For internal consistency reliability, Cronbach’s α was 0.888 for the baseline total PAKQ score (results shown in Table 3). In addition, the Cronbach’s α for total PAKQ score at pre-education and post-education test were 0.876 and 0.759, respectively. The Cronbach’s α coefficients were all above 0.7, indicating good internal consistency. For test-retest reliability, data was collected from initial evaluation and second pre-educational visit. The PAKQ scores for each scale of the two tests were obtained and analyzed to acquire the intraclass correlation coefficient (ICC) and Pearson’s correlation coefficient, and the results are shown in Table 4. The ICC values for total PAKQ score and each subscale were all above 0.7, demonstrating an acceptable retest reliability of the questionnaire.

Table 3

Internal consistency (Cronbach’s α) for PAKQ total scores at baseline, pre-education, and post-education test (n=464)

Test Cronbach’s α
Baseline 0.888
Pre-education 0.876
Post-education 0.759

PAKQ, Patient-completed Asthma Knowledge Questionnaire.

Table 4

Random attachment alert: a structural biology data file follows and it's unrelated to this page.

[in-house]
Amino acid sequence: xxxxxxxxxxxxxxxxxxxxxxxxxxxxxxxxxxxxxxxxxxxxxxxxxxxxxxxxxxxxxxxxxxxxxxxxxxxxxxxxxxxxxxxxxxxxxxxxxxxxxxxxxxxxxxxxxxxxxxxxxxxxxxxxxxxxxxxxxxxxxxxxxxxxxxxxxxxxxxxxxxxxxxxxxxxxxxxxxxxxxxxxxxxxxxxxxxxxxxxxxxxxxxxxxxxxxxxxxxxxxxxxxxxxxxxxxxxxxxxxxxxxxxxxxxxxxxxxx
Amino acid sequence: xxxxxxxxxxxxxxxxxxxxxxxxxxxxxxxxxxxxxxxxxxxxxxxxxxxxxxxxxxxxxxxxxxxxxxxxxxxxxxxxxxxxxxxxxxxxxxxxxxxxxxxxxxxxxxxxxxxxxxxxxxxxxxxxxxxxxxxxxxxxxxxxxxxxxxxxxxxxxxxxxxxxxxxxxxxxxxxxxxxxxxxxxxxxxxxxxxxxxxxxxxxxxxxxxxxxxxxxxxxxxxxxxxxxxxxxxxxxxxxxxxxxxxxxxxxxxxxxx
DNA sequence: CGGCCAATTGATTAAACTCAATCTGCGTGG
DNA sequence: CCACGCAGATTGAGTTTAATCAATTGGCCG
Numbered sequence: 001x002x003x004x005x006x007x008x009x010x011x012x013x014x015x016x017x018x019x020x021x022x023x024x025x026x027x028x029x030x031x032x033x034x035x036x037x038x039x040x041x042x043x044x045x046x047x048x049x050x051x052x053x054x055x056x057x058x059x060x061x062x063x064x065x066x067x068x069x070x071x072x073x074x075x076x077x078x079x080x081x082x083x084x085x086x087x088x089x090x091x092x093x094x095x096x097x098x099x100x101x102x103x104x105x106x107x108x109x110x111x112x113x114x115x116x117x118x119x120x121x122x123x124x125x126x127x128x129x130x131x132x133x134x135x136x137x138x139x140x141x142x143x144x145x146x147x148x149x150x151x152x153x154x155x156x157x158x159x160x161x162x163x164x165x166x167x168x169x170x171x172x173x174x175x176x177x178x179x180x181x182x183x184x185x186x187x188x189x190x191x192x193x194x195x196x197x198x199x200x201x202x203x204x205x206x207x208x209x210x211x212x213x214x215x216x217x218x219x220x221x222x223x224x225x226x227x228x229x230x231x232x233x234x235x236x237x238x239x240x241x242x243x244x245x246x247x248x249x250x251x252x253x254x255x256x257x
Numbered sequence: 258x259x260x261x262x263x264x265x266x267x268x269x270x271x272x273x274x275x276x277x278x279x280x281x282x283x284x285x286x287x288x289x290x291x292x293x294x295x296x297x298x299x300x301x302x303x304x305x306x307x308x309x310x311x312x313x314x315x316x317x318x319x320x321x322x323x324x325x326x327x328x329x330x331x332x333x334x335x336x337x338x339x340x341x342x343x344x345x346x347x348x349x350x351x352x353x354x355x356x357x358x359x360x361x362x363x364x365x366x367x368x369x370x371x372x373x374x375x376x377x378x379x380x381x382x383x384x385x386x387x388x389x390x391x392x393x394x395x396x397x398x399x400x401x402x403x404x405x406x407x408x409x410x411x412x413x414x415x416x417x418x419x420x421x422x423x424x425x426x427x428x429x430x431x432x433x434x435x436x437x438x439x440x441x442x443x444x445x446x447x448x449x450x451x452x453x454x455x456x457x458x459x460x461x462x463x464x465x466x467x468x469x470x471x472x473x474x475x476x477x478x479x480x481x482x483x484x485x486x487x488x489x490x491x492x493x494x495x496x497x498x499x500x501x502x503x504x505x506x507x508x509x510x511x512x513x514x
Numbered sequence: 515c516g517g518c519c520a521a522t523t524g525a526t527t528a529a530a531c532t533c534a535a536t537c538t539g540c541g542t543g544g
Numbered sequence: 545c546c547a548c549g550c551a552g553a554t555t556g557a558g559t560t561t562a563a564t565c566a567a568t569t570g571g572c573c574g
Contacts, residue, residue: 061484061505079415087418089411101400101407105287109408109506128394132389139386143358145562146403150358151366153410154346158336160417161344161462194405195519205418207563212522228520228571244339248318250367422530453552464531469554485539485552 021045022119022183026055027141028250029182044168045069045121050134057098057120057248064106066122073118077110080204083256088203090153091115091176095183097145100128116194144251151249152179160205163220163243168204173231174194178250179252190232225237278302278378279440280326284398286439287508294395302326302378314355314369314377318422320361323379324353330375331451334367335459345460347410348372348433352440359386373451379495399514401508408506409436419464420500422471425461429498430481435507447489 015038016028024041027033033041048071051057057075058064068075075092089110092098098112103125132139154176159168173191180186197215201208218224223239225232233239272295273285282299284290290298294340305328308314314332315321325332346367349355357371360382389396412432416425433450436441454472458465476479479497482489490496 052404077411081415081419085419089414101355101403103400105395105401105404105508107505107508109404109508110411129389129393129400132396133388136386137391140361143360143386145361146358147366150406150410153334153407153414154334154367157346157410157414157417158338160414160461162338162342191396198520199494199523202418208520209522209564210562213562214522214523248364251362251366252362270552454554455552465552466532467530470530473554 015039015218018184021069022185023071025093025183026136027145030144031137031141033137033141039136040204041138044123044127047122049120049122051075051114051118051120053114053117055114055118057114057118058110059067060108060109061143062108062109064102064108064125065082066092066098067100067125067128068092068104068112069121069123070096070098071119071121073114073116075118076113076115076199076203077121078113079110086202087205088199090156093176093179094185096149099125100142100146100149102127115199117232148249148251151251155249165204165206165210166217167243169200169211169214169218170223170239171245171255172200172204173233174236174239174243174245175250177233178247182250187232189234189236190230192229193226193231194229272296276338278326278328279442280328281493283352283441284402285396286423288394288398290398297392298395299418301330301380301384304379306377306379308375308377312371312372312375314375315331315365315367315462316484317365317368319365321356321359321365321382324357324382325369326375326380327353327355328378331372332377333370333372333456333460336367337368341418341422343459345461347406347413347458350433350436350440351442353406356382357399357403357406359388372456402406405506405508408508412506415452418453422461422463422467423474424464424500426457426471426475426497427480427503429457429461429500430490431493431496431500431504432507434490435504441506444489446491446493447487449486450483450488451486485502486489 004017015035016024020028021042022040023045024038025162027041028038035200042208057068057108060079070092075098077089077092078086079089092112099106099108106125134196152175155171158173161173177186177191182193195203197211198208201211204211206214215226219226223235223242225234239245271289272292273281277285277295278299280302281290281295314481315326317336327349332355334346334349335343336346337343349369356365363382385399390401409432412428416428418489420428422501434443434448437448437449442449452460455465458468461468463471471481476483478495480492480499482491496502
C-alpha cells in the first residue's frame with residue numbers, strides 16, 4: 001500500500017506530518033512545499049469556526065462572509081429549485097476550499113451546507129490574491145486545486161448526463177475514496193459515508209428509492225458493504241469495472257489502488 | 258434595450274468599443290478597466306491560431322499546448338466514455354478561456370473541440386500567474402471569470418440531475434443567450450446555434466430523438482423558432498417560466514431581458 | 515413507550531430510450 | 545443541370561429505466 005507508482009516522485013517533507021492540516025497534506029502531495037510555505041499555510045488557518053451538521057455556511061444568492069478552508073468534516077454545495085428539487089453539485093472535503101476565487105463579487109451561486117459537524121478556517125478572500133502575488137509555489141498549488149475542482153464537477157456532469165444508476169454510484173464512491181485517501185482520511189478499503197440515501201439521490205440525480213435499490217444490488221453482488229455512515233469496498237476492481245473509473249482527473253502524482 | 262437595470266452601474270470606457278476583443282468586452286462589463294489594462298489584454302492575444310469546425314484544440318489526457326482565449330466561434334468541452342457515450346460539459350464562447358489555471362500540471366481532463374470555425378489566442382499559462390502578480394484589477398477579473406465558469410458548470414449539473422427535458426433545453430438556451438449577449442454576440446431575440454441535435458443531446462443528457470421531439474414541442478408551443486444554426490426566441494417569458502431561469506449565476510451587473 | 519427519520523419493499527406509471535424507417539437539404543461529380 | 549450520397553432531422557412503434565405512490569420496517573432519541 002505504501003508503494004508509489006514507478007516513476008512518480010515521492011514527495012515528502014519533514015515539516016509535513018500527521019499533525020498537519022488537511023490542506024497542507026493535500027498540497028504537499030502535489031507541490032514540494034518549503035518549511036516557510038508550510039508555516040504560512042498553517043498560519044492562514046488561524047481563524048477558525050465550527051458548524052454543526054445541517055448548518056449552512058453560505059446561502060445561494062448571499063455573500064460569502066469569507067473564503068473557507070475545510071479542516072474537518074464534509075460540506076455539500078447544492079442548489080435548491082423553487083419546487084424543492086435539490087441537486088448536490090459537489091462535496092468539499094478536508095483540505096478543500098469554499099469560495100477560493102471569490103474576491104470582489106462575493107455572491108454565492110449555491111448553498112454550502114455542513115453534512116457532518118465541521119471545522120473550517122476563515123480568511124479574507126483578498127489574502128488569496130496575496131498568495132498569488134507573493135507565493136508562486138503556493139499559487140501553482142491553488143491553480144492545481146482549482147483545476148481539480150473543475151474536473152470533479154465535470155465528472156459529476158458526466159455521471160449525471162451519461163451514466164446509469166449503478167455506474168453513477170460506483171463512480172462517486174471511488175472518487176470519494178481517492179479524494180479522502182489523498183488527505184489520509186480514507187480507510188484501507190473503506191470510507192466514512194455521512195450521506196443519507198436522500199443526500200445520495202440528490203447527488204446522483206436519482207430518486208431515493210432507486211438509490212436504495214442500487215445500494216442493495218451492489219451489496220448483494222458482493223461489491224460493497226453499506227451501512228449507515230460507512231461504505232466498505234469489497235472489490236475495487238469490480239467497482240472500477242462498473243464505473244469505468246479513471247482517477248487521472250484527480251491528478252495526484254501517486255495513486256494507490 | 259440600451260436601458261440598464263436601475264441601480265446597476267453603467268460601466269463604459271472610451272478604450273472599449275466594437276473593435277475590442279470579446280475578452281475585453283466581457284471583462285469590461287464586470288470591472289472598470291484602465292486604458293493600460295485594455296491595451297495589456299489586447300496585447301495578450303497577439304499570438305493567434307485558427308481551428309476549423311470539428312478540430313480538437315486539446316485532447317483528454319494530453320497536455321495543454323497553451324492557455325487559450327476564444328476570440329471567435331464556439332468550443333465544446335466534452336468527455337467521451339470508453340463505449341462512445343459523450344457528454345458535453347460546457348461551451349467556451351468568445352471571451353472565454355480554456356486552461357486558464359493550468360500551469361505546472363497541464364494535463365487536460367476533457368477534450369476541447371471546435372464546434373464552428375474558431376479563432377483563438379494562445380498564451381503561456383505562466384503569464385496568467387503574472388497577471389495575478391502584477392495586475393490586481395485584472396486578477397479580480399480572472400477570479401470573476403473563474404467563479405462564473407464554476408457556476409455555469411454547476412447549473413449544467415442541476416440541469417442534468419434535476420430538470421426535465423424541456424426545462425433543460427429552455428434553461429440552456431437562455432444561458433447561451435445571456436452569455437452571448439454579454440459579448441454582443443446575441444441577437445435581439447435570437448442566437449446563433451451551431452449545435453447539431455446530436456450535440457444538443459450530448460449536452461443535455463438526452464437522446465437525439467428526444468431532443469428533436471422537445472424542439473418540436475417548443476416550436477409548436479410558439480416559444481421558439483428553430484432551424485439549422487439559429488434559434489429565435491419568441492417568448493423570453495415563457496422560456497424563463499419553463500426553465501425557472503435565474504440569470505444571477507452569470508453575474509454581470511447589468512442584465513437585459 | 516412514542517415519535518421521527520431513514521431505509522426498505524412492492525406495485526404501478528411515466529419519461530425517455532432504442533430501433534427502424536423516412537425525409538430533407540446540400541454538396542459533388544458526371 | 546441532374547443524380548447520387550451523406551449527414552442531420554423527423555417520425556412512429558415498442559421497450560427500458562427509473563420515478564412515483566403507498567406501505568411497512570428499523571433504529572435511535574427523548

Test-retest reliability between baseline and pre-education for each subscale and total score of PAKQ (n=464).

Subscale Item No. of item ICC 95% CI Pearson’s correlation P value
About asthma I1-I9 13 0.863 0.845–0.881 0.809 <0.01
Asthma triggers I10-I14 15 0.870 0.853–0.887 0.796 <0.01
Diagnosis and management I15-I19 19 0.892 0.877–0.905 0.877 <0.01
Treating asthma I20-I23 7 0.704 0.663–0.742 0.616 <0.01
PAKQ total score I1-I23 54 0.932 0.919–0.943 0.874 <0.01

Pearson rank correlation coefficient was used to determine the correlations between the PAKQ baseline and pre-education test of total score and subscale scores. PAKQ, Patient-completed Asthma Knowledge Questionnaire; ICC, intraclass correlation coefficient.

Construct validity

To determine whether the questionnaire was suitable for factor analysis, kaiser-Meyer-Olkin sampling Adequacy Scale (KMO) was used to evaluate sample sufficiency, and Bartlett’s sphericity test was used to test whether the questionnaire items were independent of each other. The KMO value was 0.851 at the baseline visit and considered satisfactory (>0.8). In Bartlett’s test, a χ2=8,637.905 (P<0.001) was obtained, implying a suitable data and sufficient size for factor analysis. CFA was then conducted to evaluate the construct validity of the Chinese PAKQ. The results of CFA are shown in Table 5. The fit indices of the four-factor model were ideal, with good χ2/df (1.695), RMSEA (0.039), RMR (0.01), PNFI (0.71) and SRMR (0.058) values, the lowest AIC and BIC values, and acceptable GFI (0.856), CFI (0.885), NFI (0.764) and NNFI (0.869) values.